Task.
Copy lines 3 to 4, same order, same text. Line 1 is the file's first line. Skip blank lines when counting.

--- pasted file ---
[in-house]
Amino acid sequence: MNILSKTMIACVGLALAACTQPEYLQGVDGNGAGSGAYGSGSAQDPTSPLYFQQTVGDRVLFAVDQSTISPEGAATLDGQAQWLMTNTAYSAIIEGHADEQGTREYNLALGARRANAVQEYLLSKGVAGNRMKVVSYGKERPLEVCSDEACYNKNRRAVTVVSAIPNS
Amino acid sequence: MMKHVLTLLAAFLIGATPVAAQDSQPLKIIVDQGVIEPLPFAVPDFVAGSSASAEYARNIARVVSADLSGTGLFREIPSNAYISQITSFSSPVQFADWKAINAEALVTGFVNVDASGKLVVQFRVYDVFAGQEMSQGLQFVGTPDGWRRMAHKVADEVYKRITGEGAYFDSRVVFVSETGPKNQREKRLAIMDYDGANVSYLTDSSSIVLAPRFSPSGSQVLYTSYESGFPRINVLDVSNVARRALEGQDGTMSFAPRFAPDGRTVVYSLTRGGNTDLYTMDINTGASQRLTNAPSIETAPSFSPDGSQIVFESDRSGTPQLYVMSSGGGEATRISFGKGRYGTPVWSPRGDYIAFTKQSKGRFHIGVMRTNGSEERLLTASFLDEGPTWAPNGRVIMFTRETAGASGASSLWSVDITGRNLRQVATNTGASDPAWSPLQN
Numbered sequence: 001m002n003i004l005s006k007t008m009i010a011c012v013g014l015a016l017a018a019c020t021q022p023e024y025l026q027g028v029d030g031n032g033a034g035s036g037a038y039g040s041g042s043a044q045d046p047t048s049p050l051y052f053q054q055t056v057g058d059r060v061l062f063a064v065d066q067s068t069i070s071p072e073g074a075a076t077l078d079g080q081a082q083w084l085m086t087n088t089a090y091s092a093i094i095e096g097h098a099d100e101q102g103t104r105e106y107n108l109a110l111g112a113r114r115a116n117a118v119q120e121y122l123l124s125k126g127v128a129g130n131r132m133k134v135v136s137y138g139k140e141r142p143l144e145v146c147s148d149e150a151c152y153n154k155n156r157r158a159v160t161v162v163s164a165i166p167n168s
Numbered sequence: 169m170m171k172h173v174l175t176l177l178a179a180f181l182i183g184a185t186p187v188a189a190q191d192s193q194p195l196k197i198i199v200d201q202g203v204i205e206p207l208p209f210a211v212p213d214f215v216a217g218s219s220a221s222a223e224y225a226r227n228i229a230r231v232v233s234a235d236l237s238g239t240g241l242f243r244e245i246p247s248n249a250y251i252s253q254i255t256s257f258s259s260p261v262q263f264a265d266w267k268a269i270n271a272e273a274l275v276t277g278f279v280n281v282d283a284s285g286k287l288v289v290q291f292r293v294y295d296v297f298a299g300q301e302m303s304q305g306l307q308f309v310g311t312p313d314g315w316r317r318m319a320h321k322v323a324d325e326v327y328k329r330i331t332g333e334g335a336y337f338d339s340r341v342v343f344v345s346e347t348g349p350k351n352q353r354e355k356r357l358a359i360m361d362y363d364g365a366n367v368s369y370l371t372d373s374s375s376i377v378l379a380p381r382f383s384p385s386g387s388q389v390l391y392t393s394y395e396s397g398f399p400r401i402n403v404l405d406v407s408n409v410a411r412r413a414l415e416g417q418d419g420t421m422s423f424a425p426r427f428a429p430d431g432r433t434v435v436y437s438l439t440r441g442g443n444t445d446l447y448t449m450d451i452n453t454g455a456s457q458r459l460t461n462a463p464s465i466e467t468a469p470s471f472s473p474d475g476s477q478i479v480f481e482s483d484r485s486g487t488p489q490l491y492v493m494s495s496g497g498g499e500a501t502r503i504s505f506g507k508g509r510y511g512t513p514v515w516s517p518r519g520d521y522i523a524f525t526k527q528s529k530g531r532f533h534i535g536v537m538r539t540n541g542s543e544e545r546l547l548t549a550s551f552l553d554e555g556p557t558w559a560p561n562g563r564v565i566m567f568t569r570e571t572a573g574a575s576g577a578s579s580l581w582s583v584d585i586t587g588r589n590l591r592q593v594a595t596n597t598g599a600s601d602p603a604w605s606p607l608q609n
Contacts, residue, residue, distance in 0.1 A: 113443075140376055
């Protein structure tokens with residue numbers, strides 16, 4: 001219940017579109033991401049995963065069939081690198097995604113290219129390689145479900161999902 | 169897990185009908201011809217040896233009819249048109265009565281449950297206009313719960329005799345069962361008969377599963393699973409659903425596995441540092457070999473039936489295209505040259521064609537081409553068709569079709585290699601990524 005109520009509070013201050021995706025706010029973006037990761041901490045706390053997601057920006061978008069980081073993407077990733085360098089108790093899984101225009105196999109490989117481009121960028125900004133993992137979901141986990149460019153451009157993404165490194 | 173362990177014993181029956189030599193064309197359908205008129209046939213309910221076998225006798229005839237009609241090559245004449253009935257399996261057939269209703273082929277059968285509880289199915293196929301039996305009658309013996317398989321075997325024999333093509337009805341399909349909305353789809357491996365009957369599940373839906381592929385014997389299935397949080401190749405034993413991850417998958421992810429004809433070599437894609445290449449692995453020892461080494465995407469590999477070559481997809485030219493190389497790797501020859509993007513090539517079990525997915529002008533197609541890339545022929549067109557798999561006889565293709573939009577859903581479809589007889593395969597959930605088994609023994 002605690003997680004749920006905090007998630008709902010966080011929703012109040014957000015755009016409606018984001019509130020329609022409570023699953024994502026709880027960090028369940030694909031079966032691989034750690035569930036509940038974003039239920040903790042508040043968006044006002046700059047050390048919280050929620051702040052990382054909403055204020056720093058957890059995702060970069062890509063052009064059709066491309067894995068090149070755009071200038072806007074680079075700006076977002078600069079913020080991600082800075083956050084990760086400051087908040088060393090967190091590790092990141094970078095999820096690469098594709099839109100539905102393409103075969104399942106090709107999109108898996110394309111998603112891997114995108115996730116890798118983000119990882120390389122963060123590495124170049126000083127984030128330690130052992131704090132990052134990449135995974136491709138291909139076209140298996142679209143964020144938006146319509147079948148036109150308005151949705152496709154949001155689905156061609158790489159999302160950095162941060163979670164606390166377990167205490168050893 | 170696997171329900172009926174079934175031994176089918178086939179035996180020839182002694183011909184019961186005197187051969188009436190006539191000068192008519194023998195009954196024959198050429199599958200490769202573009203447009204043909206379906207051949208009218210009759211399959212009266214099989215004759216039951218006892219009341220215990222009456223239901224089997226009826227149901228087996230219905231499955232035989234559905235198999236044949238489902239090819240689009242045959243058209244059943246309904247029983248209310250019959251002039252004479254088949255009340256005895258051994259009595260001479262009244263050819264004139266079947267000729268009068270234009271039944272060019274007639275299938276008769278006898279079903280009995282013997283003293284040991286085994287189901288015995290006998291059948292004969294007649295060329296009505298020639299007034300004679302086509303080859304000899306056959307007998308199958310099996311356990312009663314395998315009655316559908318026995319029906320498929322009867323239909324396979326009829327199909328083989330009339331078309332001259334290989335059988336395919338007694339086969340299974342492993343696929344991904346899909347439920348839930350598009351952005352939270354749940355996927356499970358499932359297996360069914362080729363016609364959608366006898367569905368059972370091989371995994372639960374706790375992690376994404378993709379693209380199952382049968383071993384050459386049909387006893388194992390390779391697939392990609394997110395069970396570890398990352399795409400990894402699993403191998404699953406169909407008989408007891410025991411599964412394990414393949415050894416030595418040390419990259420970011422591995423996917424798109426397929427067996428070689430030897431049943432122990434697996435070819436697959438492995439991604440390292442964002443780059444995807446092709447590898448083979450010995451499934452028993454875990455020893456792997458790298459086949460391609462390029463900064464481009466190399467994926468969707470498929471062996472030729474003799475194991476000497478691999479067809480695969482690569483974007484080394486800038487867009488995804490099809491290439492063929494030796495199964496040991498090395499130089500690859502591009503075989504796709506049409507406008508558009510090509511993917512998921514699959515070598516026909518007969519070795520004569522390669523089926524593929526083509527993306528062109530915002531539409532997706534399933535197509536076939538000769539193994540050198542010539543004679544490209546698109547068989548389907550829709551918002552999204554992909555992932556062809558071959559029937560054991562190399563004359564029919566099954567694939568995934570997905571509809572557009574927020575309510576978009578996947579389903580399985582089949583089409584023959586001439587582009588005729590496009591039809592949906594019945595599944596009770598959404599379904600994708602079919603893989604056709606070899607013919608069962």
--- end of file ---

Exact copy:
Amino acid sequence: MMKHVLTLLAAFLIGATPVAAQDSQPLKIIVDQGVIEPLPFAVPDFVAGSSASAEYARNIARVVSADLSGTGLFREIPSNAYISQITSFSSPVQFADWKAINAEALVTGFVNVDASGKLVVQFRVYDVFAGQEMSQGLQFVGTPDGWRRMAHKVADEVYKRITGEGAYFDSRVVFVSETGPKNQREKRLAIMDYDGANVSYLTDSSSIVLAPRFSPSGSQVLYTSYESGFPRINVLDVSNVARRALEGQDGTMSFAPRFAPDGRTVVYSLTRGGNTDLYTMDINTGASQRLTNAPSIETAPSFSPDGSQIVFESDRSGTPQLYVMSSGGGEATRISFGKGRYGTPVWSPRGDYIAFTKQSKGRFHIGVMRTNGSEERLLTASFLDEGPTWAPNGRVIMFTRETAGASGASSLWSVDITGRNLRQVATNTGASDPAWSPLQN
Numbered sequence: 001m002n003i004l005s006k007t008m009i010a011c012v013g014l015a016l017a018a019c020t021q022p023e024y025l026q027g028v029d030g031n032g033a034g035s036g037a038y039g040s041g042s043a044q045d046p047t048s049p050l051y052f053q054q055t056v057g058d059r060v061l062f063a064v065d066q067s068t069i070s071p072e073g074a075a076t077l078d079g080q081a082q083w084l085m086t087n088t089a090y091s092a093i094i095e096g097h098a099d100e101q102g103t104r105e106y107n108l109a110l111g112a113r114r115a116n117a118v119q120e121y122l123l124s125k126g127v128a129g130n131r132m133k134v135v136s137y138g139k140e141r142p143l144e145v146c147s148d149e150a151c152y153n154k155n156r157r158a159v160t161v162v163s164a165i166p167n168s